Most people get confused when referring to home equity loans and second mortgages because some websites may use the terms interchangeably, so how are they different?
A second mortgage is actually a type of home equity loan. When mortgage professionals bring up the term home equity loan, they are usually referring to a HELOC or a home equity line of credit. Both loans allow you to use the equity you’ve built up in your home to your advantage but subtle differences may make one better than the other for your needs.
To make it easier for you to pick whether a second mortgage or a home equity loan would be better for you, we’ll have to touch up on their basics so you can have a clearer understanding of each loan type.
A Look into HELOCs
An easy way to describe a HELOC is to compare it to a credit card. Your current equity is a determining factor in setting your credit limit but just like a credit card, you can use a HELOC for both big and small purchases as long as you do not exceed your limit. Interest is charged just like a credit card but only to the amount you’ve taken out of your equity via your HELOC. The limit of your HELOC’s credit is based on your credit worthiness and the equity value you’ve built up.
A Look Into Second Mortgages
A second mortgage allows you to tap into a set amount of money that you will have to pay according to the schedule set out by your mortgage lenders. This is not the same as refinancing because unlike it, a second mortgage does not replace your first mortgage.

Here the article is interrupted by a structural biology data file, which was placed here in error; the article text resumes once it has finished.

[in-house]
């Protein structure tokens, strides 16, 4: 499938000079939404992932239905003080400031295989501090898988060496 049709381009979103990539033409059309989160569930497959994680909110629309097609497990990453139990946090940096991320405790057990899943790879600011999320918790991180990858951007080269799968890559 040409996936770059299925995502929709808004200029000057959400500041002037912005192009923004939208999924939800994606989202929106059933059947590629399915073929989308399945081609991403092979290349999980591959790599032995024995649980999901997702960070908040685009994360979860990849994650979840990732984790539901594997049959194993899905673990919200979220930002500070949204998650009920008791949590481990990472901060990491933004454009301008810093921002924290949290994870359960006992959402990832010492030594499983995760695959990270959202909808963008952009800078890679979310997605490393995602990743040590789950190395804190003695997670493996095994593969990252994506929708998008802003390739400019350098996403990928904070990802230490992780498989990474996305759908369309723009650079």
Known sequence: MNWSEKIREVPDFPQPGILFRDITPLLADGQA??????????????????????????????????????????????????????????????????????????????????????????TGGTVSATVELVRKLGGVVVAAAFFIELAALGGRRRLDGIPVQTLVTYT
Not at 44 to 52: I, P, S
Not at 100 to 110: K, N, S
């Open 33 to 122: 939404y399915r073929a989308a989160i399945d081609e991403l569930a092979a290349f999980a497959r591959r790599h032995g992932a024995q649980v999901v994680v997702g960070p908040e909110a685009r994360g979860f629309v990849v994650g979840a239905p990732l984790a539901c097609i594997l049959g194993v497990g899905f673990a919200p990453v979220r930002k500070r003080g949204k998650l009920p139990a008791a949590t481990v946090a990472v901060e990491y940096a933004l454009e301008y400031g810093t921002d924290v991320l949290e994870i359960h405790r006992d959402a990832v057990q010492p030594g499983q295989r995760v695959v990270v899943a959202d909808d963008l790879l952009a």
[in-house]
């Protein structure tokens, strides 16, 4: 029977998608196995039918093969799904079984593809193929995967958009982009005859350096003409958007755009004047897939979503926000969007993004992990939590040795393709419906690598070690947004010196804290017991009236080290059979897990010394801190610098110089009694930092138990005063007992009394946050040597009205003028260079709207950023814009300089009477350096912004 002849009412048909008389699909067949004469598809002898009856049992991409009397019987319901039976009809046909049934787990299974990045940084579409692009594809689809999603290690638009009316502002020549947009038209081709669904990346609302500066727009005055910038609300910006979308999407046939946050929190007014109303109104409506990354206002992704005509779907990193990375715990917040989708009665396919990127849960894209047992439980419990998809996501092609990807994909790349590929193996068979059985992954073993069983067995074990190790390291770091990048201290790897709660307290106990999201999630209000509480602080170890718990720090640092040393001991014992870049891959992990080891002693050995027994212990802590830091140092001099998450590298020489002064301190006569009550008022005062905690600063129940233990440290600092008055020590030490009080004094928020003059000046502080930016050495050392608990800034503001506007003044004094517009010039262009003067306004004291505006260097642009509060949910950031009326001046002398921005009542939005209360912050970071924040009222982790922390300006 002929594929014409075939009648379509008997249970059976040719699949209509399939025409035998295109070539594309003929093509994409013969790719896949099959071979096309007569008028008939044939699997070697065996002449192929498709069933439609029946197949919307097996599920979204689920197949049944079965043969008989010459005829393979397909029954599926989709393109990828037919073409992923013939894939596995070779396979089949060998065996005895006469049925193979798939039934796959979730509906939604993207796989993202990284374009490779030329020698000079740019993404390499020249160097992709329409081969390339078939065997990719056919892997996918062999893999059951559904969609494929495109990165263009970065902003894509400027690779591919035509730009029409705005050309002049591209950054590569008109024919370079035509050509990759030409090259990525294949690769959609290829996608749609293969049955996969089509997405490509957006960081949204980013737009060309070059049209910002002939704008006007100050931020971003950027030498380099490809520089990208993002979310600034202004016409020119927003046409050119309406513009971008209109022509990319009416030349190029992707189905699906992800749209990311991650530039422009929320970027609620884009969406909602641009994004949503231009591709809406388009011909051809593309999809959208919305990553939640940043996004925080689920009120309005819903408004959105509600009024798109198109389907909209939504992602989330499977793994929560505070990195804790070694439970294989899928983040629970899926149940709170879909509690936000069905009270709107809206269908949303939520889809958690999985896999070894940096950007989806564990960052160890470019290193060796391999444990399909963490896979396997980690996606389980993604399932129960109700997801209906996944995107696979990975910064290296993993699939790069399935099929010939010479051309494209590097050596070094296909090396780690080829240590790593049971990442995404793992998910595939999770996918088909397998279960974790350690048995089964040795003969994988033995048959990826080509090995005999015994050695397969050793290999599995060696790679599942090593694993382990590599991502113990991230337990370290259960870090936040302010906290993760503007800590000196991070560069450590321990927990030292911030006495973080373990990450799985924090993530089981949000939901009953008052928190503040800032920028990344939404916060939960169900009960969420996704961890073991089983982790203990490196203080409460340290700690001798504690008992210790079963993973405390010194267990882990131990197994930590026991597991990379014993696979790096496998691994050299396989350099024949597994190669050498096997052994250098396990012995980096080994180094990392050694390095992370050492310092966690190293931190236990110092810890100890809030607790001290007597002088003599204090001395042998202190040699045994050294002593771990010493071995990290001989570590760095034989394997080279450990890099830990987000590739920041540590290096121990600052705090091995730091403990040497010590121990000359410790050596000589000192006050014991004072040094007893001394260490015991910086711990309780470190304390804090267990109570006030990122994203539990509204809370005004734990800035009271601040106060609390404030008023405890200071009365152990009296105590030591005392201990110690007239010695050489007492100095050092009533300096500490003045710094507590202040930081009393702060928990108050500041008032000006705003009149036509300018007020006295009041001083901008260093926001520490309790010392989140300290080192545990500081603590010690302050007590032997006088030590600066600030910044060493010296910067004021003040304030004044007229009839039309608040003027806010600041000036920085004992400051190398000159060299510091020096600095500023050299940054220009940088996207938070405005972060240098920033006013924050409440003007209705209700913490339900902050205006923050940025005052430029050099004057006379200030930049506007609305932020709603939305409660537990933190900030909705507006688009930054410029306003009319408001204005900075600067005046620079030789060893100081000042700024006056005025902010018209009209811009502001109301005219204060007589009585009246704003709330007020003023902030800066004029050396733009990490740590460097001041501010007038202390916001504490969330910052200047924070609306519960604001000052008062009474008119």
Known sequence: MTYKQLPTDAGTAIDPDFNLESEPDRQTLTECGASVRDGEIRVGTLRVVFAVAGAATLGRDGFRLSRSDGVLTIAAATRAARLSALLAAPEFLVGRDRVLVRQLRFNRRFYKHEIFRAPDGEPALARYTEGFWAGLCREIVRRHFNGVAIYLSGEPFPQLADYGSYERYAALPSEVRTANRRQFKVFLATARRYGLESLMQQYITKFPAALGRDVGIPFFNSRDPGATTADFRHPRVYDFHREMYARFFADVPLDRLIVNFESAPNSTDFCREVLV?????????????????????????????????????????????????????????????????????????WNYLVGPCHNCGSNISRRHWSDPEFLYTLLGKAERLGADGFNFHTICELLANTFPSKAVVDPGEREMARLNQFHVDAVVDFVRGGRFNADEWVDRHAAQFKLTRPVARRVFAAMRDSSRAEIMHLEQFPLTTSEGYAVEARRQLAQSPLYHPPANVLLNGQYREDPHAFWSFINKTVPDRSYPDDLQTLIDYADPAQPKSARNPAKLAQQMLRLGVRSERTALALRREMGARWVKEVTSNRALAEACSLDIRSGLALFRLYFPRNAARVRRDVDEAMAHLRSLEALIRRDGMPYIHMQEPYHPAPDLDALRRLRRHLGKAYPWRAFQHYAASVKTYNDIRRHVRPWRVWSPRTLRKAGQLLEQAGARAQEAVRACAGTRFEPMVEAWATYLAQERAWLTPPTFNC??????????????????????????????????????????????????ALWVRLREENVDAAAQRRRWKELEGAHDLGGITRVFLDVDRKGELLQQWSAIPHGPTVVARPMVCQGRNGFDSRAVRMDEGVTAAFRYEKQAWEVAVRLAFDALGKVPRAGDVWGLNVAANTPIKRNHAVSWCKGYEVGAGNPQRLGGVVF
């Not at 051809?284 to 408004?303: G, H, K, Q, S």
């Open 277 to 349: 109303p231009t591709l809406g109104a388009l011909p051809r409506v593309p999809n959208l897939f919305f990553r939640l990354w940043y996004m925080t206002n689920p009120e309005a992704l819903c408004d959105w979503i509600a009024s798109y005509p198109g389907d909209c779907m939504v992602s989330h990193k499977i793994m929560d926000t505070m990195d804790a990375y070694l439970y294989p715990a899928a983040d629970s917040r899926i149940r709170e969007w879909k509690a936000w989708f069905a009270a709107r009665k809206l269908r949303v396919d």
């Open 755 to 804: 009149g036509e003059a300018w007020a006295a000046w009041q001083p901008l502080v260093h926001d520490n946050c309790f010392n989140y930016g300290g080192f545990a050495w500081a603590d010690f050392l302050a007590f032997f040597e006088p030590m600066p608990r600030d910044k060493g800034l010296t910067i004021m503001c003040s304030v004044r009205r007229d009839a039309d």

A second mortgage usually last for 15 to 30 years and offer you a fixed interest. The interest will be based on your credit history so the cleaner your record is, the lower the interest rate you will have to pay. The price of your home and the current market’s interest rates are also factored in.
Note that although the above means that your second mortgage will have a higher interest than your first one, the fees that you will have to pay are generally lower.
Should You Go for a HELOC or a Second Mortgage?
The main factors that will determine whether a second mortgage or a HELOC is better for you are your financial needs and your financial capabilities. If you need a substantial lump sum of cash, then a second mortgage will be best for you. On the other hand, if you are someone who needs small amounts of money on a recurring basis, then going for a HELOC would be better for you. Beware though that if you’re the type that gets easily tempted with purchases that you do not need, then getting a HELOC may not be the best idea.
To help you decide which loan can answer your needs, it would be in your best interest to talk to professional mortgage brokers who can help you choose your loan and connect you with refutable lenders.